On June 25, I was awarded the title of Miss Wyoming 2022, becoming the first Jewish woman with that honor in the 101 years of the program. This December, I will go on to compete for the title of Miss America. If I win, I will become only the second Jewish woman in history to be named Miss America. My personal icon, Bess Myerson, won the Miss America title in 1945 during the height of the Holocaust.
While I may be wearing a surgical mask while interacting with my community, the smile underneath has never faded.
Over past two years, I’ve learned what it feels like to leave your home and everything in it at the spur of the moment, not knowing when you will come back – something my immigrant parents went through in their own childhoods.
As I’ve continued on my journey, I’ve discovered the importance of creating a space where students of all backgrounds and practices can be Jewish together. Judaism was made accessible to me throughout my first few semesters of college, allowing me to learn and grow Jewishly, and it has been such a rewarding experience to create a space for others to do the same.
Hillel seniors are preparing to cross the graduation stage this summer. Meet the soon-to-be college graduates who say the Hillel effect lasts long after they leave campus.
A pop-up art exhibit at Brown/RISD Hillel fostered connectivity between Jewish art lovers, and inspired more students to envision their work on the gallery walls. Motivated by the success, the Hillel has since organized two other art exhibits featuring depictions of Jewish spiritual objects created by more than 30 students.
Penn Hillel students are comforting people in need of healing — one teddy bear at a time. Audrey Singer, 21, and Aden Horowitz, 21, founded Mishe Bear, a startup that sells plush teddy bears to provide comfort to those who are ill. Each bear holds a customizable note and a heart-shaped card containing the “Mi Sheberach,” a Jewish prayer of healing.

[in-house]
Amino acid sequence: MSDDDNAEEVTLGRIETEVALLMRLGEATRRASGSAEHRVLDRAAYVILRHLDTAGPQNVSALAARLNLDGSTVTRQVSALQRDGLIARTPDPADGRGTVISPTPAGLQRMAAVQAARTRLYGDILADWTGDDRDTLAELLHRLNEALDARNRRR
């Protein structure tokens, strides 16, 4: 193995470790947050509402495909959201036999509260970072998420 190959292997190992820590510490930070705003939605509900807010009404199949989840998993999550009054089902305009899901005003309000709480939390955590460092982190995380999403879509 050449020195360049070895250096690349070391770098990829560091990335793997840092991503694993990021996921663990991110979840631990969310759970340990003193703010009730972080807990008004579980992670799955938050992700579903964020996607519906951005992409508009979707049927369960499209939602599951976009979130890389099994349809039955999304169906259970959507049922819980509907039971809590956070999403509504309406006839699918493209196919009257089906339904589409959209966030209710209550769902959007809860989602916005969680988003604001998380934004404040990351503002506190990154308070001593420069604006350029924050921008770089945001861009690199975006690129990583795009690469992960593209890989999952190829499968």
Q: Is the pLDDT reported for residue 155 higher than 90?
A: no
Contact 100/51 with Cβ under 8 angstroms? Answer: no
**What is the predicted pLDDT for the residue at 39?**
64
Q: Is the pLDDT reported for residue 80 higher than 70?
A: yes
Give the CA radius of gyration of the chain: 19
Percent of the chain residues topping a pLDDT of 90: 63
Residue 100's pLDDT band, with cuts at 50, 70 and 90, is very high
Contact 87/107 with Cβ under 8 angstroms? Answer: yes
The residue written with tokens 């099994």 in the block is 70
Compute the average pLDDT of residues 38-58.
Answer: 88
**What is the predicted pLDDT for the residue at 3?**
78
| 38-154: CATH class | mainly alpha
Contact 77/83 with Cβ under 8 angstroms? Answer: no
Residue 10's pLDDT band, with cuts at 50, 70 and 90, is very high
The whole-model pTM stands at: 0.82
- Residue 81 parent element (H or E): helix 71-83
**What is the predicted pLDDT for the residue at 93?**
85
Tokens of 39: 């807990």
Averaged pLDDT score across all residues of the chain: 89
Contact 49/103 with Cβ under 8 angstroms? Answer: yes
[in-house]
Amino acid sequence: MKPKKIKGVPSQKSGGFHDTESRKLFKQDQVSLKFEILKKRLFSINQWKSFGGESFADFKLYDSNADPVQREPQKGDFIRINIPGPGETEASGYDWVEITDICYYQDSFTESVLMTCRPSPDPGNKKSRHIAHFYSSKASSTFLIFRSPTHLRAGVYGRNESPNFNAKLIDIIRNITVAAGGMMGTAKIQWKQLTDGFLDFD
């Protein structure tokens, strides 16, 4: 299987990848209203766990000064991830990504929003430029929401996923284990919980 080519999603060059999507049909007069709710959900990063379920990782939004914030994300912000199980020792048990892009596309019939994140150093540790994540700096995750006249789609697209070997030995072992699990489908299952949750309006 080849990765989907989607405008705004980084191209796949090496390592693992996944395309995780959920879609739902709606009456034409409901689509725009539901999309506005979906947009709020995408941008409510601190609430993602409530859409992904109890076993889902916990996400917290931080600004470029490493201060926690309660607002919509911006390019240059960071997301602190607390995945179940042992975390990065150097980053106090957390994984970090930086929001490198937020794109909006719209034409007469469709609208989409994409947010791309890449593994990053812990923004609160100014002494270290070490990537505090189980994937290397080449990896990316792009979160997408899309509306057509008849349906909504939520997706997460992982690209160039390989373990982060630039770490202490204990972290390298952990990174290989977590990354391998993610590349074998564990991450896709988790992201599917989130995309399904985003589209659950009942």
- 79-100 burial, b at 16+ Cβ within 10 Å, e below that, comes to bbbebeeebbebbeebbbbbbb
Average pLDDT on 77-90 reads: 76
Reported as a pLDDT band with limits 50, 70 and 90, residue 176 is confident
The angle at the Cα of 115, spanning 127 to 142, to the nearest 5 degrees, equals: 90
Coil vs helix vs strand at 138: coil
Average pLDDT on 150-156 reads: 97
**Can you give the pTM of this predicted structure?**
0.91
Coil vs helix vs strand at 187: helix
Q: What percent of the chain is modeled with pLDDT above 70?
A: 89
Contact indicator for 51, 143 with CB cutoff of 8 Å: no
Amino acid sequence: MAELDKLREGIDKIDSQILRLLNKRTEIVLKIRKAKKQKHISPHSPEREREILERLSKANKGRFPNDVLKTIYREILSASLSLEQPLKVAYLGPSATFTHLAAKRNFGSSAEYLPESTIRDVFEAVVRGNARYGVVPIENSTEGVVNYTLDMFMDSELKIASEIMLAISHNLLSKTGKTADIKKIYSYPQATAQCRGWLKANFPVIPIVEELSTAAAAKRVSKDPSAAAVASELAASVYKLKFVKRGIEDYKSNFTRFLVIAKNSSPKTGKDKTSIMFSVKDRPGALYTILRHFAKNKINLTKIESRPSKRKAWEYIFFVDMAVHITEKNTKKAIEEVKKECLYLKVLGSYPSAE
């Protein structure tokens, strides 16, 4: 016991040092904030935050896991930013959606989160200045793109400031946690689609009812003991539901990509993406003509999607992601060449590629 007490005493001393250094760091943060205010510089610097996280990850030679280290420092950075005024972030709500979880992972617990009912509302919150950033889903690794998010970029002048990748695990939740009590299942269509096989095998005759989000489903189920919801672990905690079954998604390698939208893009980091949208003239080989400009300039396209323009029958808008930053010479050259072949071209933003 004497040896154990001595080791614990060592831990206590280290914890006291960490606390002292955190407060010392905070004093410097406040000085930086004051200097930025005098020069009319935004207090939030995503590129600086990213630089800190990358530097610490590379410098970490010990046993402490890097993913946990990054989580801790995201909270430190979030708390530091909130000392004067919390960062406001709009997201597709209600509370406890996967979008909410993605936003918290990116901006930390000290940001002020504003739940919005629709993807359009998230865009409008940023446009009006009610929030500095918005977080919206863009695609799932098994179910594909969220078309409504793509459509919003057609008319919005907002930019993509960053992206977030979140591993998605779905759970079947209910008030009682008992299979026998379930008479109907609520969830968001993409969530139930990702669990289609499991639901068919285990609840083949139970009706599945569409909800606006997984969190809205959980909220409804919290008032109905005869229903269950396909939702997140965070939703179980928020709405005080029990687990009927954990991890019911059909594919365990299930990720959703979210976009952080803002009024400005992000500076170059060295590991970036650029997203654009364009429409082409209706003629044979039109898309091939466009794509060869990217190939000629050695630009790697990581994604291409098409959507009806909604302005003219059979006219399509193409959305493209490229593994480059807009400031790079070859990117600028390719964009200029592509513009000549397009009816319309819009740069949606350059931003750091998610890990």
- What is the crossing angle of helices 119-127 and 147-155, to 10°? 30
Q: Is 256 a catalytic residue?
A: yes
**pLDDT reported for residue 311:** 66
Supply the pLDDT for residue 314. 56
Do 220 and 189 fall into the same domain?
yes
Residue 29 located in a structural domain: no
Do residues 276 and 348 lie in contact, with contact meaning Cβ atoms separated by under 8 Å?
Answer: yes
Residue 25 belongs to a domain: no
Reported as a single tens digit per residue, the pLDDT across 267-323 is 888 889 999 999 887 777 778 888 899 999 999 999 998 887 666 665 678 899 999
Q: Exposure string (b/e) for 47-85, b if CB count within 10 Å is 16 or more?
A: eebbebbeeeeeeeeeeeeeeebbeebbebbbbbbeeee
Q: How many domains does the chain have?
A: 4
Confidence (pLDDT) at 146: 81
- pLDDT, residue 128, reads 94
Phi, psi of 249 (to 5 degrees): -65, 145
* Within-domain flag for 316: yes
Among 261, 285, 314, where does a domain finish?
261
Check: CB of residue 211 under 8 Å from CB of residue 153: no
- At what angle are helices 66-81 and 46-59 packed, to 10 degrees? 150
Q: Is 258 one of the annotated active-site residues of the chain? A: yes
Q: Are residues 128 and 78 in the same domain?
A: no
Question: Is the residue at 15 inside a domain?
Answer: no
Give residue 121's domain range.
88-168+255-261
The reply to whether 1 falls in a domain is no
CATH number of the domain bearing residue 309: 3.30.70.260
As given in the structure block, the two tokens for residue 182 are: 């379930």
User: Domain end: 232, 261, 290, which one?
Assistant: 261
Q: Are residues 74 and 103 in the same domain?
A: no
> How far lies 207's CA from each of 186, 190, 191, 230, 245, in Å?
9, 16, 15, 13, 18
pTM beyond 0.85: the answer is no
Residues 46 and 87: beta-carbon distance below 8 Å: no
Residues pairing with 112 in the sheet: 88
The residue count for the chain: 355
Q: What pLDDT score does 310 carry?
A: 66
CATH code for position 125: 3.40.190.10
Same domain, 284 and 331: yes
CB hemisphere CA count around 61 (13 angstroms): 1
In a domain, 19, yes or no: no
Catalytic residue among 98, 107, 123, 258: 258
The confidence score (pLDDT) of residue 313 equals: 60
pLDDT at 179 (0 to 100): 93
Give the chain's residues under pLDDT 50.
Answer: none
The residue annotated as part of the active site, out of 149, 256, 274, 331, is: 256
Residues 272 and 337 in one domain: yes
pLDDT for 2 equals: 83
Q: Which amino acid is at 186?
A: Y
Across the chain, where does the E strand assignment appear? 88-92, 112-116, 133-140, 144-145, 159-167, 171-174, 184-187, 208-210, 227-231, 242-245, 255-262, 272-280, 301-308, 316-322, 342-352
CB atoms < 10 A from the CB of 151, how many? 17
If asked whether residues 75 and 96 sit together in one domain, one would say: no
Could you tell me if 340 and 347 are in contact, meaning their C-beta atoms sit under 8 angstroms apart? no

Florida Hillels have found an incredibly successful — and delicious — way to counter antisemitism on college campuses. “Spread Cream Cheese, Not Hate,” which originated at University of Florida Hillel in 2020, spreads awareness about antisemitism. The event is simple: Sign a petition against antisemitism and receive a fresh bagel and T-shirt.
I’ve wanted to be on ‘Jeopardy!’ since I was a little kid. My parents were like, ‘You seem to know a lot of these answers, so you should try out. I did well enough on the test to get an audition for the ‘Jeopardy! National College Championship.’ And then from there, it was like a dream coming true.
Family recipes, passed down from generation to generation, bring me closer to my Persian roots.
At Hillel, I learned to walk into a room as my whole self, never leaving part of my identity behind. I was finally Jewish enough. For so many years, I created walls because I came from an interfaith family. Hillel taught me that my intersectionality was an asset in Jewish spaces, as it taught me to be open-minded, understanding, and compassionate.